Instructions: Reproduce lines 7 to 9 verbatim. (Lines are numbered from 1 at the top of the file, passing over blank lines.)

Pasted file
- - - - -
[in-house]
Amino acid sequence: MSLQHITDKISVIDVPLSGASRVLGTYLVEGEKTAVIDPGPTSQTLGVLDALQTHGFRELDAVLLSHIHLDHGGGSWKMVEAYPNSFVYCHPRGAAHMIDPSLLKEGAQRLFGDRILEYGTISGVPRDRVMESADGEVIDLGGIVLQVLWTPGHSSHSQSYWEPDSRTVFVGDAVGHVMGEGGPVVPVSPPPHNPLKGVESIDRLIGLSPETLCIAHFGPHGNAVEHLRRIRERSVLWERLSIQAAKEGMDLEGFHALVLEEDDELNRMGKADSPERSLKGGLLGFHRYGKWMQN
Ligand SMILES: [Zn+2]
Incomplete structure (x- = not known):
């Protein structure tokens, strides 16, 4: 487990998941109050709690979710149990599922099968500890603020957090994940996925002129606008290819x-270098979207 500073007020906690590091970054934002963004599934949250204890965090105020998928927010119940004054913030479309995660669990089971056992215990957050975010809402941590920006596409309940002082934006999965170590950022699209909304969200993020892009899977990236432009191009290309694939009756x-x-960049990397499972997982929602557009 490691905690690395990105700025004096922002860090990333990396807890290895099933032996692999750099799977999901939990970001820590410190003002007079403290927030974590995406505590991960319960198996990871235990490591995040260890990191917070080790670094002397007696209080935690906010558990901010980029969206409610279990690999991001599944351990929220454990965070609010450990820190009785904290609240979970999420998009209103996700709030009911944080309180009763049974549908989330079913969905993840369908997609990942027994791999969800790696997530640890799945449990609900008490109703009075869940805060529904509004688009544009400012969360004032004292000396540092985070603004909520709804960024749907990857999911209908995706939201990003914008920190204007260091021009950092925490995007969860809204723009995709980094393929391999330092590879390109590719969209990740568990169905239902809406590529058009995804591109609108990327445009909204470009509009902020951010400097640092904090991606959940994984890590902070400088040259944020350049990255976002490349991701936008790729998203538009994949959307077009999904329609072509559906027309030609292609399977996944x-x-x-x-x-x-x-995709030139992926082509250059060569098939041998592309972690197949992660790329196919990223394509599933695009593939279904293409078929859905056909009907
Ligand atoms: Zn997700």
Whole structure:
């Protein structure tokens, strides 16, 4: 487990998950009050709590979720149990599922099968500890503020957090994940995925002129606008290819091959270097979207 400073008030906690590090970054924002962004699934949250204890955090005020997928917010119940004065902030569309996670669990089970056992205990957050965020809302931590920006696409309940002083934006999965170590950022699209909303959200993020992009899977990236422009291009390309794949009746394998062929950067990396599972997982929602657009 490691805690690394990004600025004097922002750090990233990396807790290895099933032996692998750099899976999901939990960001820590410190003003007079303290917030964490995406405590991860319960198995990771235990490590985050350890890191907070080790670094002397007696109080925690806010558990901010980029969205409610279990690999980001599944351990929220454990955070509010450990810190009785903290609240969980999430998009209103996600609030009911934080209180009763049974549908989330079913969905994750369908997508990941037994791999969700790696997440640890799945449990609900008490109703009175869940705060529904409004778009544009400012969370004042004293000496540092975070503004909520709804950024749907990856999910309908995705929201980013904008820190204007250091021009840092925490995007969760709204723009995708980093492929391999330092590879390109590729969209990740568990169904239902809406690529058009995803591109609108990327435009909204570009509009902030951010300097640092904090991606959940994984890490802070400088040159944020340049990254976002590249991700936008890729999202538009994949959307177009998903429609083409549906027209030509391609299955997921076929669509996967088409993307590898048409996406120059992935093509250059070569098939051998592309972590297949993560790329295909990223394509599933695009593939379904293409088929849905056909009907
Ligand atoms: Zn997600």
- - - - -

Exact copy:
Whole structure:
């Protein structure tokens, strides 16, 4: 487990998950009050709590979720149990599922099968500890503020957090994940995925002129606008290819091959270097979207 400073008030906690590090970054924002962004699934949250204890955090005020997928917010119940004065902030569309996670669990089970056992205990957050965020809302931590920006696409309940002083934006999965170590950022699209909303959200993020992009899977990236422009291009390309794949009746394998062929950067990396599972997982929602657009 490691805690690394990004600025004097922002750090990233990396807790290895099933032996692998750099899976999901939990960001820590410190003003007079303290917030964490995406405590991860319960198995990771235990490590985050350890890191907070080790670094002397007696109080925690806010558990901010980029969205409610279990690999980001599944351990929220454990955070509010450990810190009785903290609240969980999430998009209103996600609030009911934080209180009763049974549908989330079913969905994750369908997508990941037994791999969700790696997440640890799945449990609900008490109703009175869940705060529904409004778009544009400012969370004042004293000496540092975070503004909520709804950024749907990856999910309908995705929201980013904008820190204007250091021009840092925490995007969760709204723009995708980093492929391999330092590879390109590729969209990740568990169904239902809406690529058009995803591109609108990327435009909204570009509009902030951010300097640092904090991606959940994984890490802070400088040159944020340049990254976002590249991700936008890729999202538009994949959307177009998903429609083409549906027209030509391609299955997921076929669509996967088409993307590898048409996406120059992935093509250059070569098939051998592309972590297949993560790329295909990223394509599933695009593939379904293409088929849905056909009907
Ligand atoms: Zn997600």